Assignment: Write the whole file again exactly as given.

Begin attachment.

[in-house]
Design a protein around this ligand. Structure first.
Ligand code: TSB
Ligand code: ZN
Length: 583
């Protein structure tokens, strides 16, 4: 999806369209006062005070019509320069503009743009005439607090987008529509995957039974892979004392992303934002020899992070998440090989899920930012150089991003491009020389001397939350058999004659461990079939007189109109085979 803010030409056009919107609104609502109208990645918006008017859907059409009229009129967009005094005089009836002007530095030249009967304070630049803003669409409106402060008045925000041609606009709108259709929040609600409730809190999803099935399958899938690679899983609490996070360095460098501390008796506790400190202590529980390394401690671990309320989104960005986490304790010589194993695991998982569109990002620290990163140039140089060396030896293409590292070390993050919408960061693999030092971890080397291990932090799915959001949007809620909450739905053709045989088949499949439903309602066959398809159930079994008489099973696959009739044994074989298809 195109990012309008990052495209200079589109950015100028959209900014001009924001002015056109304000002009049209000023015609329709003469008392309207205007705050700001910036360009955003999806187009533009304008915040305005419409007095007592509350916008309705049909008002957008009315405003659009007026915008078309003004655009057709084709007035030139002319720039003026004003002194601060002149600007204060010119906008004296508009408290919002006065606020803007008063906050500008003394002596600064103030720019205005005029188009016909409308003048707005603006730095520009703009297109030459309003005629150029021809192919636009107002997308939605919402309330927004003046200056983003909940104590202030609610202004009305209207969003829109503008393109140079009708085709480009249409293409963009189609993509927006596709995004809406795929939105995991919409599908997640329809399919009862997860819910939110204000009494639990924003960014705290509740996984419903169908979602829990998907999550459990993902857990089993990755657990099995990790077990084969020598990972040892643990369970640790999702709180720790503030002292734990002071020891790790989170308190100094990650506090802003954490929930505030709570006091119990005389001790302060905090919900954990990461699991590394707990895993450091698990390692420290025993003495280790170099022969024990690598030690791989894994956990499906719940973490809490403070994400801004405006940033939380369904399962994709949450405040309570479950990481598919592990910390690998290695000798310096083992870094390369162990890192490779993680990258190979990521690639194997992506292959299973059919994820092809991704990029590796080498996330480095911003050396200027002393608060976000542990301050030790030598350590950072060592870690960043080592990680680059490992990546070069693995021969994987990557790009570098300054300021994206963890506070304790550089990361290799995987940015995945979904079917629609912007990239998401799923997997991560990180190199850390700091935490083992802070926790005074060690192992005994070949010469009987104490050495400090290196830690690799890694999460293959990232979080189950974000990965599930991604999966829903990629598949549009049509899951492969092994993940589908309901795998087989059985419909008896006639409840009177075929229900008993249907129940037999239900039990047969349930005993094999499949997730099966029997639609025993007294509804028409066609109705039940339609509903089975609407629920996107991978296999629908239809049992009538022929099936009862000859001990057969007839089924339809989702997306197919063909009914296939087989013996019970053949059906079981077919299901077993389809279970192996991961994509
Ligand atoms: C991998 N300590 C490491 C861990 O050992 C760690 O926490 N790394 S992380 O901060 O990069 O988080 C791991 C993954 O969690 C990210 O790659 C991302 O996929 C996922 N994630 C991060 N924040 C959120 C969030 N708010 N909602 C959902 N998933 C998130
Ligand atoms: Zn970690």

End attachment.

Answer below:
[in-house]
Design a protein around this ligand. Structure first.
Ligand code: TSB
Ligand code: ZN
Length: 583
């Protein structure tokens, strides 16, 4: 999806369209006062005070019509320069503009743009005439607090987008529509995957039974892979004392992303934002020899992070998440090989899920930012150089991003491009020389001397939350058999004659461990079939007189109109085979 803010030409056009919107609104609502109208990645918006008017859907059409009229009129967009005094005089009836002007530095030249009967304070630049803003669409409106402060008045925000041609606009709108259709929040609600409730809190999803099935399958899938690679899983609490996070360095460098501390008796506790400190202590529980390394401690671990309320989104960005986490304790010589194993695991998982569109990002620290990163140039140089060396030896293409590292070390993050919408960061693999030092971890080397291990932090799915959001949007809620909450739905053709045989088949499949439903309602066959398809159930079994008489099973696959009739044994074989298809 195109990012309008990052495209200079589109950015100028959209900014001009924001002015056109304000002009049209000023015609329709003469008392309207205007705050700001910036360009955003999806187009533009304008915040305005419409007095007592509350916008309705049909008002957008009315405003659009007026915008078309003004655009057709084709007035030139002319720039003026004003002194601060002149600007204060010119906008004296508009408290919002006065606020803007008063906050500008003394002596600064103030720019205005005029188009016909409308003048707005603006730095520009703009297109030459309003005629150029021809192919636009107002997308939605919402309330927004003046200056983003909940104590202030609610202004009305209207969003829109503008393109140079009708085709480009249409293409963009189609993509927006596709995004809406795929939105995991919409599908997640329809399919009862997860819910939110204000009494639990924003960014705290509740996984419903169908979602829990998907999550459990993902857990089993990755657990099995990790077990084969020598990972040892643990369970640790999702709180720790503030002292734990002071020891790790989170308190100094990650506090802003954490929930505030709570006091119990005389001790302060905090919900954990990461699991590394707990895993450091698990390692420290025993003495280790170099022969024990690598030690791989894994956990499906719940973490809490403070994400801004405006940033939380369904399962994709949450405040309570479950990481598919592990910390690998290695000798310096083992870094390369162990890192490779993680990258190979990521690639194997992506292959299973059919994820092809991704990029590796080498996330480095911003050396200027002393608060976000542990301050030790030598350590950072060592870690960043080592990680680059490992990546070069693995021969994987990557790009570098300054300021994206963890506070304790550089990361290799995987940015995945979904079917629609912007990239998401799923997997991560990180190199850390700091935490083992802070926790005074060690192992005994070949010469009987104490050495400090290196830690690799890694999460293959990232979080189950974000990965599930991604999966829903990629598949549009049509899951492969092994993940589908309901795998087989059985419909008896006639409840009177075929229900008993249907129940037999239900039990047969349930005993094999499949997730099966029997639609025993007294509804028409066609109705039940339609509903089975609407629920996107991978296999629908239809049992009538022929099936009862000859001990057969007839089924339809989702997306197919063909009914296939087989013996019970053949059906079981077919299901077993389809279970192996991961994509
Ligand atoms: C991998 N300590 C490491 C861990 O050992 C760690 O926490 N790394 S992380 O901060 O990069 O988080 C791991 C993954 O969690 C990210 O790659 C991302 O996929 C996922 N994630 C991060 N924040 C959120 C969030 N708010 N909602 C959902 N998933 C998130
Ligand atoms: Zn970690």